Pollution Concerns for Our Dolphins
The above EPA warning from November 6 advises people not to swim in Port Phillip due to stormwater pollution flushed out of the rivers, creeks and drains by the recent storms.
The EPA map tells the story of a polluted catchment where the outflows of the Yarra, Werribee and Patterson Rivers, Mordialloc, Kananook and Tassels Creeks, are pollution hotspots.
We can choose to stay out of the water. Our dolphins and other marine life have no choice.
In 2011, when storms ended a decade of drought, our dolphins developed severe skin lesions linked to the change in water quality (above right). Fortunately, our dolphins’ skin healed as the water conditions improved.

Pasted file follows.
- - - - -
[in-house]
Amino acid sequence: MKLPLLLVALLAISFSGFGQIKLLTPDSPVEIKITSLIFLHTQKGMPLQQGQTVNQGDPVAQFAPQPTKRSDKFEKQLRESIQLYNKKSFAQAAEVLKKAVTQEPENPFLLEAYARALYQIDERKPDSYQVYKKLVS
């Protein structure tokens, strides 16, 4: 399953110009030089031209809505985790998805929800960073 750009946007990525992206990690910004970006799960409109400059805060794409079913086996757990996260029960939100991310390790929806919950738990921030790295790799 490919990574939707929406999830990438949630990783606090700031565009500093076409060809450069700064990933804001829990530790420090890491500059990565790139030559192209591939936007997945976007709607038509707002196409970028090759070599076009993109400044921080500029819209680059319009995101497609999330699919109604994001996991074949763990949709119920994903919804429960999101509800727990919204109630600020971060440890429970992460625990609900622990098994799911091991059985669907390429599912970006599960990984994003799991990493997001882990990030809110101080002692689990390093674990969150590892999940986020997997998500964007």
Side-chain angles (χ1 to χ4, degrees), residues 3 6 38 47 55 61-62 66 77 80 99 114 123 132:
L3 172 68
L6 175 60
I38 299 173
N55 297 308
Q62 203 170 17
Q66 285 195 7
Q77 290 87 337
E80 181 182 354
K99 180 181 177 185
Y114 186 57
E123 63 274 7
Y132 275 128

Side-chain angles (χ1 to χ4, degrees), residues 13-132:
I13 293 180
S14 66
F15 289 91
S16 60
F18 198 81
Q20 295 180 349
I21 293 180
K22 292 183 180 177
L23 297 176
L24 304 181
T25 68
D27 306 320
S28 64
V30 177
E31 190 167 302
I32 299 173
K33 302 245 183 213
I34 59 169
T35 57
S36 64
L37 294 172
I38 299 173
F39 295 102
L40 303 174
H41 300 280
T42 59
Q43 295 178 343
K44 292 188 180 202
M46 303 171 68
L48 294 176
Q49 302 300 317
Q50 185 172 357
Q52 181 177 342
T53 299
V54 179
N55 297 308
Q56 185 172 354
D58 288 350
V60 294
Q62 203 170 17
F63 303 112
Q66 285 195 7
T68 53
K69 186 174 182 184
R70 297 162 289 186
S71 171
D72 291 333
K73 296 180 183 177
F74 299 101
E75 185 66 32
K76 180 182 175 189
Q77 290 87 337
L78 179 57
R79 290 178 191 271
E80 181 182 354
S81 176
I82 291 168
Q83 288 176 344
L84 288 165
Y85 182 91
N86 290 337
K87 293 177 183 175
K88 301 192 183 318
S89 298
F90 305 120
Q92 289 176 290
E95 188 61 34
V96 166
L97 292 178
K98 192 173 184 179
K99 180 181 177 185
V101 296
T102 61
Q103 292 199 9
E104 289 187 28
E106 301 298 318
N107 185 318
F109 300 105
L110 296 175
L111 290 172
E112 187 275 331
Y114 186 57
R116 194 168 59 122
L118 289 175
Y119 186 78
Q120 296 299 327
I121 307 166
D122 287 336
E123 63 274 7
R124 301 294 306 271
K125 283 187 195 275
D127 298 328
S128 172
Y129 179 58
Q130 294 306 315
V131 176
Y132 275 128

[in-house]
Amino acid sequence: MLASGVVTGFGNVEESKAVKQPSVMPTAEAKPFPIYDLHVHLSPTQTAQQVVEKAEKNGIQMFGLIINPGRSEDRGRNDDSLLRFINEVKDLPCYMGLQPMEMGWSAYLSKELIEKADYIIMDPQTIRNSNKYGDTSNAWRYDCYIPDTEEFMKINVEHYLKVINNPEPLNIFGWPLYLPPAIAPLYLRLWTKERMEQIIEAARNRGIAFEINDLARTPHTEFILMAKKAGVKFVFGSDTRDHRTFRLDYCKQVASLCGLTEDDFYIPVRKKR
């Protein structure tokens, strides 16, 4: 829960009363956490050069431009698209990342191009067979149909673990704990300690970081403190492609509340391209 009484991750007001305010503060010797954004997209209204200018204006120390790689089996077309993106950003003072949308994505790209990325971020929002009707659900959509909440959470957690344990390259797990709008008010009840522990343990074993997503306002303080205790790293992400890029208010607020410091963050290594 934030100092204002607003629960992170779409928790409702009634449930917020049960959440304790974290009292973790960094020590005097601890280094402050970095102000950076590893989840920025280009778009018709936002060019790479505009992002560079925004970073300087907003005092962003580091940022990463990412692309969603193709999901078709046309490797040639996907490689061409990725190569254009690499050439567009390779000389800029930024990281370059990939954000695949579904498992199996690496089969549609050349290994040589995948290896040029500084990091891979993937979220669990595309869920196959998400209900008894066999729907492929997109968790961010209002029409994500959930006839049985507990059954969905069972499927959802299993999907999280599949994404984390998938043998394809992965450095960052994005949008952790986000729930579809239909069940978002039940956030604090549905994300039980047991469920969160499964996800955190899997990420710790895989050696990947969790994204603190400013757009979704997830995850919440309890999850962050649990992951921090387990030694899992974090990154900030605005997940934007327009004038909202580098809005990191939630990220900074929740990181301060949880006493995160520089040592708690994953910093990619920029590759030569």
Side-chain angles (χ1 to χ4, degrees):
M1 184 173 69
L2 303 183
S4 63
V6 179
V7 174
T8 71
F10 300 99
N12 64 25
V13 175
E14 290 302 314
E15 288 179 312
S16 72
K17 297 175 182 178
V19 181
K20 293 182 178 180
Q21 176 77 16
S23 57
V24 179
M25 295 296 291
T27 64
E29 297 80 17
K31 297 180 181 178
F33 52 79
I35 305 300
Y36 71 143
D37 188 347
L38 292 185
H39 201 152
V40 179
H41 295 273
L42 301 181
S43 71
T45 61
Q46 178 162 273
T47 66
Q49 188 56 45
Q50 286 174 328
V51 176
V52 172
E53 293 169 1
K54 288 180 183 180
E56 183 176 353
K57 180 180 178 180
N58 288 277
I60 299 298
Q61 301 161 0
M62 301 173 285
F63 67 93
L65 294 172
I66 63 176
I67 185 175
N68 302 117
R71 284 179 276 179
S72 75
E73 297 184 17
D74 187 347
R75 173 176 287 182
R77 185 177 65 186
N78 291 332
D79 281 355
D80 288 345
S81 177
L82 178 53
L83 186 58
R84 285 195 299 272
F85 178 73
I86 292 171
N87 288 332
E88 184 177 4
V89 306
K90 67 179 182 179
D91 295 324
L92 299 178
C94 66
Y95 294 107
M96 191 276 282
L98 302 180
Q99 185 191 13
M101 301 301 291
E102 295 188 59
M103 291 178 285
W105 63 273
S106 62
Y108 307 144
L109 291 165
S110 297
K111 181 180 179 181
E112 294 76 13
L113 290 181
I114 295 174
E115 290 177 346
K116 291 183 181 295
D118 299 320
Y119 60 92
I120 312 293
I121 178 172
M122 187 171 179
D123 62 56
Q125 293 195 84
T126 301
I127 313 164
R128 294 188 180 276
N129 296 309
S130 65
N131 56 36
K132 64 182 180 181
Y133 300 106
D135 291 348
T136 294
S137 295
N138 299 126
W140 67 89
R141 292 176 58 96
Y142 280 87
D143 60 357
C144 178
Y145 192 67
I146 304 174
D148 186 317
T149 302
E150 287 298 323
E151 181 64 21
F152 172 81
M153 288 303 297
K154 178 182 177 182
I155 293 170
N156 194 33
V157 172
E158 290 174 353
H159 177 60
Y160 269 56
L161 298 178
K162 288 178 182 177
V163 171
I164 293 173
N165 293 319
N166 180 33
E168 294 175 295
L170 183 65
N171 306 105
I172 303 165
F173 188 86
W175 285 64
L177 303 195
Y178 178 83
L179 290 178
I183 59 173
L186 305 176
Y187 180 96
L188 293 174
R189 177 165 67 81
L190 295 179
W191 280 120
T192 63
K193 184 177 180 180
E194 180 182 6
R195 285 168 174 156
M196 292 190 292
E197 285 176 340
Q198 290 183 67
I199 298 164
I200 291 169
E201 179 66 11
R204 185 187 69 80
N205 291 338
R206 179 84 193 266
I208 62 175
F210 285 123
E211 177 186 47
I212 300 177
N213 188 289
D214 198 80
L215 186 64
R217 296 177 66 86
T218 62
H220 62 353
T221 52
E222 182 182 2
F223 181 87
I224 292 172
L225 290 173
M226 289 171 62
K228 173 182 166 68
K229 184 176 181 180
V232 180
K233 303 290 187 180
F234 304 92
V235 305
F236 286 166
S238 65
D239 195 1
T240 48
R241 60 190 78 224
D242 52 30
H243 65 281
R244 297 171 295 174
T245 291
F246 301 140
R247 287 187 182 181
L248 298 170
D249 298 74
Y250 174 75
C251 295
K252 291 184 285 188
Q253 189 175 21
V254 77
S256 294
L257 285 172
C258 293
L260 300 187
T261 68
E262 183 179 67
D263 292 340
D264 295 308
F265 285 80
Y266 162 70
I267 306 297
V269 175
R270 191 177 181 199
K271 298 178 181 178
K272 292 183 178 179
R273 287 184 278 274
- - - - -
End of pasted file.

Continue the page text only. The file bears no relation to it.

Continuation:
Stormwater pollution carrying sediment, nutrients, toxins, chemicals and litter is the major threat to our bay.
The Dolphin Research Institute takes an integrated approach:
- Long-term monitoring of dolphins as “top of the food chain” indicators of ecosystem health. The results are fed into the Port Phillip Environmental Management Plan reports.
- Developing “SkinMap”, a digital tool to track the progression of lesions (the overlayed grid in the image above).
- Surveying Melburnians to find that two-thirds think the rubbish on beaches is left by swimmers, rather the 90% coming from our suburbs.
- Education programs responding the need shown by our surveys – especially our “Don’t Pee in My Pool” program.
- A core focus of i sea, i care. The image below shows Ambassadors during a stormwater pollution workshop where the putrid contents of material washed from local streets are emptied from a pollution trap. At least this material will go to landfill instead of the bay. They share their experience with their school communities.
Regular vessel surveys to monitor skin health, calving success and other measures will be undertaken in the months ahead. We will keep you updated through e-Bulletins and future snapshots.